No, that is not my good news!
The good news, tentative as it may be, is that the right is beginning to fight back:
“Israel’s Attorney General’s Office on Thursday decided to authorize the police to summon Joint Arab List MKs Ahmad Tibi, Ayman Odeh, and Ofer Cassif for interrogation. Tibi and Cassif are suspected of attacking police officers (Tibi also helped a suspect flee the police), Odeh of inciting Arab policemen to quit the service.”
See the source below for details and videos. In a recent post I had cited Odeh (who heads the Joint List) regarding his video filmed before the Damascus Gate in which he addresses Arab Israelis in the security forces. It would be my guess that Israeli Arabs in official positions have been emboldened by the tolerant stance of the government.
I hope to make it my business, whenever possible, to carry news of signs of strength within our government.
And so, it is welcome news that a bill that would prohibit hanging of PLO flags at state-funded institutions has passed its first reading. This was stimulated in good part by the sight of the Nakba demonstration held at Ben Gurion University.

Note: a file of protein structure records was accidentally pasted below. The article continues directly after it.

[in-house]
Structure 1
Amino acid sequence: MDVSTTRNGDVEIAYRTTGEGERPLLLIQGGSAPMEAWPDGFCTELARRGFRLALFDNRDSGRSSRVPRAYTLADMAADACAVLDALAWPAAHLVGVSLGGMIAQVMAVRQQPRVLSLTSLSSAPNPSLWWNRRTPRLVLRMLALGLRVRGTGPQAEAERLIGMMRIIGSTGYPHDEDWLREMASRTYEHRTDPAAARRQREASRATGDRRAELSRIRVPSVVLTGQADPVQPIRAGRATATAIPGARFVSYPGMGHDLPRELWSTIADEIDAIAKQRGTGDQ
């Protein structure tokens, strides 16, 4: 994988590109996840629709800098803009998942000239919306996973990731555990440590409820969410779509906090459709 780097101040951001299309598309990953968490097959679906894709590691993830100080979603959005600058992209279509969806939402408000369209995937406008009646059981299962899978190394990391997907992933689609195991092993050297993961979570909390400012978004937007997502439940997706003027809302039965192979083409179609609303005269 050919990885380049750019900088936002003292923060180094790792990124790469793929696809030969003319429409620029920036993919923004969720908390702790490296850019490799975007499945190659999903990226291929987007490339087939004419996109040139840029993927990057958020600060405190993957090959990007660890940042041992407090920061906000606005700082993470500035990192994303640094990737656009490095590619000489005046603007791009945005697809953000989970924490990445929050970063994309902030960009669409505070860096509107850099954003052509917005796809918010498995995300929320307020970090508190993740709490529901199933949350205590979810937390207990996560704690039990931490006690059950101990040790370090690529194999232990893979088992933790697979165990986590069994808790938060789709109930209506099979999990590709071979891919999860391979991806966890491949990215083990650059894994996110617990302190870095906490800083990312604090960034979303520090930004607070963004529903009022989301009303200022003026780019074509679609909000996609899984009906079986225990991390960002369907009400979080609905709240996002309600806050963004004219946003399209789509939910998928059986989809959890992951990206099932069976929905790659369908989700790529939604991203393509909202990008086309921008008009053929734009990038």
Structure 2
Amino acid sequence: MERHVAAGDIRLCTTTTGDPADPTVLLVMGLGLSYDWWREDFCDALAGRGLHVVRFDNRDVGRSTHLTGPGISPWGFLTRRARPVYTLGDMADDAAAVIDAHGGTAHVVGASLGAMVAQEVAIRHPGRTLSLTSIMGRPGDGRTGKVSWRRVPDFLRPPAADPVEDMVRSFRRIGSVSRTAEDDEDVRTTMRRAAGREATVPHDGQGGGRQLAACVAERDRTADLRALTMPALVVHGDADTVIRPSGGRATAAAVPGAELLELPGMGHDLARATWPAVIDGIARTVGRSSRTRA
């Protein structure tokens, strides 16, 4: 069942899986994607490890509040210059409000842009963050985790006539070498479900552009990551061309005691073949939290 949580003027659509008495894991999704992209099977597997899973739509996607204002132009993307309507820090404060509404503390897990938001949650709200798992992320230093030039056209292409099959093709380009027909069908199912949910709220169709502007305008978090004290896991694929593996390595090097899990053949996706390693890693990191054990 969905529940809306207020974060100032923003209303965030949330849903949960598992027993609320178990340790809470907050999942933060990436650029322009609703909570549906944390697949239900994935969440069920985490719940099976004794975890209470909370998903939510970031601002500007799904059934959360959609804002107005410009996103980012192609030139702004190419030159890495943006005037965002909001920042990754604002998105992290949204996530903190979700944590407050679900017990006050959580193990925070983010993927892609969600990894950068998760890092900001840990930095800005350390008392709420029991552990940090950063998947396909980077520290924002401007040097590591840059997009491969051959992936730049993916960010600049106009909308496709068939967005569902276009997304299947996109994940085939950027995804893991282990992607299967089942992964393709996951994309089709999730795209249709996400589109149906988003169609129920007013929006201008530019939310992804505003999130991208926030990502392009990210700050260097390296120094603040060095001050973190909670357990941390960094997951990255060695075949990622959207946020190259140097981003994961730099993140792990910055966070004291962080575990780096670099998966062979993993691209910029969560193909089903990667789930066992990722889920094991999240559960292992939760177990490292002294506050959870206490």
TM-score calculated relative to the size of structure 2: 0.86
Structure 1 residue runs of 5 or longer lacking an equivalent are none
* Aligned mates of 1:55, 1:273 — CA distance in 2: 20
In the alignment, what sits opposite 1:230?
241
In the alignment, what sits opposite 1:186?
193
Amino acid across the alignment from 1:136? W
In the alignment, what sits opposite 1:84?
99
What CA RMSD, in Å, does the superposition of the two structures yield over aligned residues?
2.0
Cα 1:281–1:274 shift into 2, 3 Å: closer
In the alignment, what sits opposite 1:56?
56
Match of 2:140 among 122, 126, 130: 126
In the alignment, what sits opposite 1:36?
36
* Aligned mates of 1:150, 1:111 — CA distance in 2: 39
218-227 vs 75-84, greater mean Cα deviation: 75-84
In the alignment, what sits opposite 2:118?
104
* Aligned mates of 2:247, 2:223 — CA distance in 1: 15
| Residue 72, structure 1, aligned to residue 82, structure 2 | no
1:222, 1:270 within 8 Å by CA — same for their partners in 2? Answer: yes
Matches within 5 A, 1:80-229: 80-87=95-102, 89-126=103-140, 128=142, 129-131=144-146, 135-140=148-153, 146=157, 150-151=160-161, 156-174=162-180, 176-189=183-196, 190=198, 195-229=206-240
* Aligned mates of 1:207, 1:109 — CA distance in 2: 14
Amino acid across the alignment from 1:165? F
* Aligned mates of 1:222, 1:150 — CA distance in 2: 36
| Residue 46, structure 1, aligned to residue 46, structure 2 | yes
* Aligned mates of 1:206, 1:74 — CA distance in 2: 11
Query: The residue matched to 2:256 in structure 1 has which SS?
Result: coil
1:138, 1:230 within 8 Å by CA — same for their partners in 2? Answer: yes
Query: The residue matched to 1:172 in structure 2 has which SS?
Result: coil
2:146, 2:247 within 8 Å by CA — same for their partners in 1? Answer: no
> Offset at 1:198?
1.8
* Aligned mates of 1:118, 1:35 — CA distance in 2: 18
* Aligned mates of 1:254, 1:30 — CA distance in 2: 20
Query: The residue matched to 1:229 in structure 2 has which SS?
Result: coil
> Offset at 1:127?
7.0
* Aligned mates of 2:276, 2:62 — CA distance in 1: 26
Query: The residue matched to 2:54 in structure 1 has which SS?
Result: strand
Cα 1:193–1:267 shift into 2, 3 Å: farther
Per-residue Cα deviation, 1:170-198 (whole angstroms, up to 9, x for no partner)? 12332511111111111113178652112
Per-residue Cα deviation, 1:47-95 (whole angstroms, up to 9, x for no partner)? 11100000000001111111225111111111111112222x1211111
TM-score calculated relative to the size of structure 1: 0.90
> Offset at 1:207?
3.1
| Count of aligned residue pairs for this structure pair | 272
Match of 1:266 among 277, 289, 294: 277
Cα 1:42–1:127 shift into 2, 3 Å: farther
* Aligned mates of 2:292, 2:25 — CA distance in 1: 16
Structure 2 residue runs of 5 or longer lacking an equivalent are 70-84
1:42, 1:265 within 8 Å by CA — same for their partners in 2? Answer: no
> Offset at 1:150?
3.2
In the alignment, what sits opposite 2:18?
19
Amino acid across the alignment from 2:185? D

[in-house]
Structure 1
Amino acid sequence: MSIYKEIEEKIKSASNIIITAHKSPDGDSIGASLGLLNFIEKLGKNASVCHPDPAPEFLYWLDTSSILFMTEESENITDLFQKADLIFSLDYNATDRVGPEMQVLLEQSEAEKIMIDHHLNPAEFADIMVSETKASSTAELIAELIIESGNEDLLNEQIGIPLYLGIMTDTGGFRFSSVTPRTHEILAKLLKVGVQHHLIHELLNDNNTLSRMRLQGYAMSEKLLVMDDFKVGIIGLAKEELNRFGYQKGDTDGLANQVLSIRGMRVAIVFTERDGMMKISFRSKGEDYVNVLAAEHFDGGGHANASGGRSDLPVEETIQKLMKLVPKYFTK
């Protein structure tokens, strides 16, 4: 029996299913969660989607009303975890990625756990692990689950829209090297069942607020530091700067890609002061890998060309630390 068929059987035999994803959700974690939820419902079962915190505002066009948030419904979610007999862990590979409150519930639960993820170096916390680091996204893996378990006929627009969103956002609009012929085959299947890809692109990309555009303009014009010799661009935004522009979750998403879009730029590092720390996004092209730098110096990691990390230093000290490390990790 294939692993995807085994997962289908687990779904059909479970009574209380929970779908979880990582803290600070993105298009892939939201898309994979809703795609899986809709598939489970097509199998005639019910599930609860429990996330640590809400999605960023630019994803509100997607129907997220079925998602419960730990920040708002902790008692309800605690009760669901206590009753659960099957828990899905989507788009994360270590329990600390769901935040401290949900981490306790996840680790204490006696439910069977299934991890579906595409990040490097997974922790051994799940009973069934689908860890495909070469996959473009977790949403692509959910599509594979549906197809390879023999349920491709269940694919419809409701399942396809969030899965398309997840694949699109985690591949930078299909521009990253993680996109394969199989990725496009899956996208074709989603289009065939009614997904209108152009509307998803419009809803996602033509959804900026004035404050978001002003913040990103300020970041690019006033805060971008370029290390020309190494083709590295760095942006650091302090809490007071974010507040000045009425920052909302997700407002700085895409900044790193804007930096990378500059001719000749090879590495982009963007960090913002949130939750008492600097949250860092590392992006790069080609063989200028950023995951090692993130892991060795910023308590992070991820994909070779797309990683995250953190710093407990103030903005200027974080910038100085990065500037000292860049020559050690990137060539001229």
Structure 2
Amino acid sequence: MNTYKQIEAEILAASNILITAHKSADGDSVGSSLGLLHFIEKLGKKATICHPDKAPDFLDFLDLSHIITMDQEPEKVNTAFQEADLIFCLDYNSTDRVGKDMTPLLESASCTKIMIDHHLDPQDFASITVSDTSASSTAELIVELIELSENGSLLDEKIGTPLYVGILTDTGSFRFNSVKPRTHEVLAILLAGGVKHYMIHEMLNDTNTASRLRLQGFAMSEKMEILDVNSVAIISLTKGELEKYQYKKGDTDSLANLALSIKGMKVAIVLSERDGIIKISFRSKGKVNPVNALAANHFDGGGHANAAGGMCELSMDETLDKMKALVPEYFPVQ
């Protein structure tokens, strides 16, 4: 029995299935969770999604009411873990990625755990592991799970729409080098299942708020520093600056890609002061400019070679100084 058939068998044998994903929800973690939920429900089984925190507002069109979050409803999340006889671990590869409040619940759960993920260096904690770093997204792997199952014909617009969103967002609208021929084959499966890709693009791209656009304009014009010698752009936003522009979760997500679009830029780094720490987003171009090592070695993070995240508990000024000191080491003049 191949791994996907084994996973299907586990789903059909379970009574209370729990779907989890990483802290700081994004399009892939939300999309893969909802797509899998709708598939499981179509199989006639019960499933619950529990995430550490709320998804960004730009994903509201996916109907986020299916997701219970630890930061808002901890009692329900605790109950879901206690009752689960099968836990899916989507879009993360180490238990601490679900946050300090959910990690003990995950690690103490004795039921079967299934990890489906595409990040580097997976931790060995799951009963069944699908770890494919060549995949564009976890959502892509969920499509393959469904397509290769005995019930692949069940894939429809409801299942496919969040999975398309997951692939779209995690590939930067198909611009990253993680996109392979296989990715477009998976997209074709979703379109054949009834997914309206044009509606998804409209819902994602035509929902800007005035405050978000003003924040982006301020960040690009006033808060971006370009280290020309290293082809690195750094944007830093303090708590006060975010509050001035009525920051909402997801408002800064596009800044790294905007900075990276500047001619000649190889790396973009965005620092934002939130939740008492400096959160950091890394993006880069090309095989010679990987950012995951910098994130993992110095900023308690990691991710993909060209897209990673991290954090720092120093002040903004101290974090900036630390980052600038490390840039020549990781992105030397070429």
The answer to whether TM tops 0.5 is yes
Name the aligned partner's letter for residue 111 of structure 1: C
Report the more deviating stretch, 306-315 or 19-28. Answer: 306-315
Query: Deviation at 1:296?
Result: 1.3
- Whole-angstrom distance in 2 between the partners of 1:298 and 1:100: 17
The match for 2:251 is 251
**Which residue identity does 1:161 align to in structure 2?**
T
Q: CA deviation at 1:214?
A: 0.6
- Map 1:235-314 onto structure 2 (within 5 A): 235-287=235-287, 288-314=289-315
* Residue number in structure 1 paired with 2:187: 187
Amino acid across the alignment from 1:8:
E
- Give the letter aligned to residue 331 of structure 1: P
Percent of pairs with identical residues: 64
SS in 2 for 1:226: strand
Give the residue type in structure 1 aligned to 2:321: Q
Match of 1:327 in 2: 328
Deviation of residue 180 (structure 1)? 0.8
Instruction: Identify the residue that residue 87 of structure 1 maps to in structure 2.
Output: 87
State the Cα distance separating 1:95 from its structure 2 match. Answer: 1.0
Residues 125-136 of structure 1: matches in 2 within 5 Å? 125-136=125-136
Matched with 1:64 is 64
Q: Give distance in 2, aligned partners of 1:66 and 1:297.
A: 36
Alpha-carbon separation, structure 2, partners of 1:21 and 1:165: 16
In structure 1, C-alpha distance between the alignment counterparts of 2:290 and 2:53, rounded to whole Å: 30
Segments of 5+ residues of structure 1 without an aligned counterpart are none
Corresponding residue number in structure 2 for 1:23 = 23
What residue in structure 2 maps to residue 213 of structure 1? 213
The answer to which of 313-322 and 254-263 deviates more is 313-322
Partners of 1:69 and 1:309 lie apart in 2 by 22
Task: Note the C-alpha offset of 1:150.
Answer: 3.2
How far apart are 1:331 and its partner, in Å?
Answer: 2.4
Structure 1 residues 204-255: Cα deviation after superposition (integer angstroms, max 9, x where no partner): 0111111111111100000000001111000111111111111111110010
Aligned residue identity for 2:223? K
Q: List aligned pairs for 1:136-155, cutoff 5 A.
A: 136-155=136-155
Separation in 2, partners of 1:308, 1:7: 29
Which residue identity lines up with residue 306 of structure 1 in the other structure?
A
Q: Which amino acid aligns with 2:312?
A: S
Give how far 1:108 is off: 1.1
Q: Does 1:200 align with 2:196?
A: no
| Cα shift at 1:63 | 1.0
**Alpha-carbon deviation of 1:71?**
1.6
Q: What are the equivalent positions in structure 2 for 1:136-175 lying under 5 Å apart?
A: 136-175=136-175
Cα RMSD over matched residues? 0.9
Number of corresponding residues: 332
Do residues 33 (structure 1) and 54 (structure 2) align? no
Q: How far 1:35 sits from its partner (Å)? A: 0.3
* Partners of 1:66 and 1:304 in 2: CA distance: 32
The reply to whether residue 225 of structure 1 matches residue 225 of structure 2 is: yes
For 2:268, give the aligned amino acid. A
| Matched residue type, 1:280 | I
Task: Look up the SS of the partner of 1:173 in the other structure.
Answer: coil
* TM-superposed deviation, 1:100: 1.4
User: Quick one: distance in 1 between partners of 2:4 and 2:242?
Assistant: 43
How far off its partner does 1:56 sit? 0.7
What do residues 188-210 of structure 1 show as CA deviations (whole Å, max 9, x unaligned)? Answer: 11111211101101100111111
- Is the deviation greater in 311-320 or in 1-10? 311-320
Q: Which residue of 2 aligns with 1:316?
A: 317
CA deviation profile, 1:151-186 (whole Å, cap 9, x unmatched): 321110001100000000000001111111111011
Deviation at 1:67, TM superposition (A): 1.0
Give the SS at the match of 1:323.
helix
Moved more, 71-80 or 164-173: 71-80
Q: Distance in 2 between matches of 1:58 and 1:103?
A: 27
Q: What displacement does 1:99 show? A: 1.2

Members of the New Hope and Yamina parties — including Prime Minister Naftali Bennett – voted with the Opposition on this. Let us hope it passes all readings and becomes law.
We go into Shabbat tomorrow and then immediately after into the holiday of Shavuot. To those observing this holiday – which marks the receiving of the Torah at Mount Sinai, and is celebrated with an intensive night of study – I say Chag Samach!
Next week I will attempt to bring a bit of clarity to our political situation – not an easy task as we are adrift in leaks and rumors. The big issue at present is the passage of a Regulation Law that applies Israeli law to the residents of Judaea & Samaria without applying sovereignty.
This passes automatically every five years but this time around there is political jockeying that is creating problems. Within the Coalition, Ra’am and Meretz are refusing to back it. At the same time members of the Opposition have also refused to support it even though they are for it – in an attempt to show the weakness of the Coalition and bring it down (a dubious practice, though its rationale is clear).
In the end, I am absolutely convinced it will pass. There were rumors about Gideon Sa’ar, who heads the New Hope party in the Coalition threatening to leave if it doesn’t pass.
It was said there were negotiations going on with Likud and that he was promised a position as a minister. Sa’ar denies this.